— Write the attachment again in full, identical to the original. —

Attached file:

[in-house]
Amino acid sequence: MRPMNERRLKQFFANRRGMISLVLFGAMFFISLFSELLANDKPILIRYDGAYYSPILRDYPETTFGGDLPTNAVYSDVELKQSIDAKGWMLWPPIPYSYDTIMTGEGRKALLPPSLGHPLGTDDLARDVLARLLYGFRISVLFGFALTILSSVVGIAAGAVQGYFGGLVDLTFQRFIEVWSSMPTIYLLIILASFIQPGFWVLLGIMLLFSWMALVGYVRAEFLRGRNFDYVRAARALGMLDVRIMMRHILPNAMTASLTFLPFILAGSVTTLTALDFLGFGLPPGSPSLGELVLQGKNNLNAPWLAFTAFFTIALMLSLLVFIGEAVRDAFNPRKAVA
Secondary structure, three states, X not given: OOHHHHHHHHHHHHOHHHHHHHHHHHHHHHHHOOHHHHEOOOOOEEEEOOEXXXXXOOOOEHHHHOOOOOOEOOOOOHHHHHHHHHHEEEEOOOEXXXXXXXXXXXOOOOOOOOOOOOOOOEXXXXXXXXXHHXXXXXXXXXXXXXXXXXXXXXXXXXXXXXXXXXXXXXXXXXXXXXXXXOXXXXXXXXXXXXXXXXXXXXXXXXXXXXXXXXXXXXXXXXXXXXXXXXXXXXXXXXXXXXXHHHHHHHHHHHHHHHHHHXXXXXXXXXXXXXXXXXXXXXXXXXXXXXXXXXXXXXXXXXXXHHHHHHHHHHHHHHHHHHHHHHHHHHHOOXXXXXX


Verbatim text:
[in-house]
Amino acid sequence: MRPMNERRLKQFFANRRGMISLVLFGAMFFISLFSELLANDKPILIRYDGAYYSPILRDYPETTFGGDLPTNAVYSDVELKQSIDAKGWMLWPPIPYSYDTIMTGEGRKALLPPSLGHPLGTDDLARDVLARLLYGFRISVLFGFALTILSSVVGIAAGAVQGYFGGLVDLTFQRFIEVWSSMPTIYLLIILASFIQPGFWVLLGIMLLFSWMALVGYVRAEFLRGRNFDYVRAARALGMLDVRIMMRHILPNAMTASLTFLPFILAGSVTTLTALDFLGFGLPPGSPSLGELVLQGKNNLNAPWLAFTAFFTIALMLSLLVFIGEAVRDAFNPRKAVA
Secondary structure, three states, X not given: OOHHHHHHHHHHHHOHHHHHHHHHHHHHHHHHOOHHHHEOOOOOEEEEOOEXXXXXOOOOEHHHHOOOOOOEOOOOOHHHHHHHHHHEEEEOOOEXXXXXXXXXXXOOOOOOOOOOOOOOOEXXXXXXXXXHHXXXXXXXXXXXXXXXXXXXXXXXXXXXXXXXXXXXXXXXXXXXXXXXXOXXXXXXXXXXXXXXXXXXXXXXXXXXXXXXXXXXXXXXXXXXXXXXXXXXXXXXXXXXXXXHHHHHHHHHHHHHHHHHHXXXXXXXXXXXXXXXXXXXXXXXXXXXXXXXXXXXXXXXXXXXHHHHHHHHHHHHHHHHHHHHHHHHHHHOOXXXXXX